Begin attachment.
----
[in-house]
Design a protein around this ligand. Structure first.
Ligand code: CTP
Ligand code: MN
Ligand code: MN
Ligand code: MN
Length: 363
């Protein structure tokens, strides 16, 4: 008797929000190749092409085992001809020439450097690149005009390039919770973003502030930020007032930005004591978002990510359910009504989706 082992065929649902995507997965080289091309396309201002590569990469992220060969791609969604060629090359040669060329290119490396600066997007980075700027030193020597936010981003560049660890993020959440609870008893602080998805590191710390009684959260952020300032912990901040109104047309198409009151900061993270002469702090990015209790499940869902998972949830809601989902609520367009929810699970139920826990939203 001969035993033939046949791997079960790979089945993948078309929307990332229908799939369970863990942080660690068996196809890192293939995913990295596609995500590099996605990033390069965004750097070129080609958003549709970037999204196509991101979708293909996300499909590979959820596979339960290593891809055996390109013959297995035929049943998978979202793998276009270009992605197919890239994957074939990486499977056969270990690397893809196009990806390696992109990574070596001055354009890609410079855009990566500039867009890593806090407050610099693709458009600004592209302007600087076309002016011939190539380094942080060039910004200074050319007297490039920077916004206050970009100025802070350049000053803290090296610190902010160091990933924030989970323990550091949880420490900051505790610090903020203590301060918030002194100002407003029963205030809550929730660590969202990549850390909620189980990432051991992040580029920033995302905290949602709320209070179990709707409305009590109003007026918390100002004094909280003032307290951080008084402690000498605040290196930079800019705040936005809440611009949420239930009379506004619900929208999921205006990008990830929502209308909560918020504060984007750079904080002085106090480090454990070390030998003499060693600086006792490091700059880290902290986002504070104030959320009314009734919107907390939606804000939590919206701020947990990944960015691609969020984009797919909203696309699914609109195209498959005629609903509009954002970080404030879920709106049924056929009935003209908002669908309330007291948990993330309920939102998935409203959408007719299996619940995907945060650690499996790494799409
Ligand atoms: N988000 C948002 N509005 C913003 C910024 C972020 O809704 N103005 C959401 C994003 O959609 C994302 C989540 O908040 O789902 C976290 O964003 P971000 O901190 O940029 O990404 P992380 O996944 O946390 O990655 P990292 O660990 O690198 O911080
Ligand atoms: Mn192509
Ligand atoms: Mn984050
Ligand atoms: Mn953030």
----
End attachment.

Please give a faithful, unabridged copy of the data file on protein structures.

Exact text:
[in-house]
Design a protein around this ligand. Structure first.
Ligand code: CTP
Ligand code: MN
Ligand code: MN
Ligand code: MN
Length: 363
């Protein structure tokens, strides 16, 4: 008797929000190749092409085992001809020439450097690149005009390039919770973003502030930020007032930005004591978002990510359910009504989706 082992065929649902995507997965080289091309396309201002590569990469992220060969791609969604060629090359040669060329290119490396600066997007980075700027030193020597936010981003560049660890993020959440609870008893602080998805590191710390009684959260952020300032912990901040109104047309198409009151900061993270002469702090990015209790499940869902998972949830809601989902609520367009929810699970139920826990939203 001969035993033939046949791997079960790979089945993948078309929307990332229908799939369970863990942080660690068996196809890192293939995913990295596609995500590099996605990033390069965004750097070129080609958003549709970037999204196509991101979708293909996300499909590979959820596979339960290593891809055996390109013959297995035929049943998978979202793998276009270009992605197919890239994957074939990486499977056969270990690397893809196009990806390696992109990574070596001055354009890609410079855009990566500039867009890593806090407050610099693709458009600004592209302007600087076309002016011939190539380094942080060039910004200074050319007297490039920077916004206050970009100025802070350049000053803290090296610190902010160091990933924030989970323990550091949880420490900051505790610090903020203590301060918030002194100002407003029963205030809550929730660590969202990549850390909620189980990432051991992040580029920033995302905290949602709320209070179990709707409305009590109003007026918390100002004094909280003032307290951080008084402690000498605040290196930079800019705040936005809440611009949420239930009379506004619900929208999921205006990008990830929502209308909560918020504060984007750079904080002085106090480090454990070390030998003499060693600086006792490091700059880290902290986002504070104030959320009314009734919107907390939606804000939590919206701020947990990944960015691609969020984009797919909203696309699914609109195209498959005629609903509009954002970080404030879920709106049924056929009935003209908002669908309330007291948990993330309920939102998935409203959408007719299996619940995907945060650690499996790494799409
Ligand atoms: N988000 C948002 N509005 C913003 C910024 C972020 O809704 N103005 C959401 C994003 O959609 C994302 C989540 O908040 O789902 C976290 O964003 P971000 O901190 O940029 O990404 P992380 O996944 O946390 O990655 P990292 O660990 O690198 O911080
Ligand atoms: Mn192509
Ligand atoms: Mn984050
Ligand atoms: Mn953030």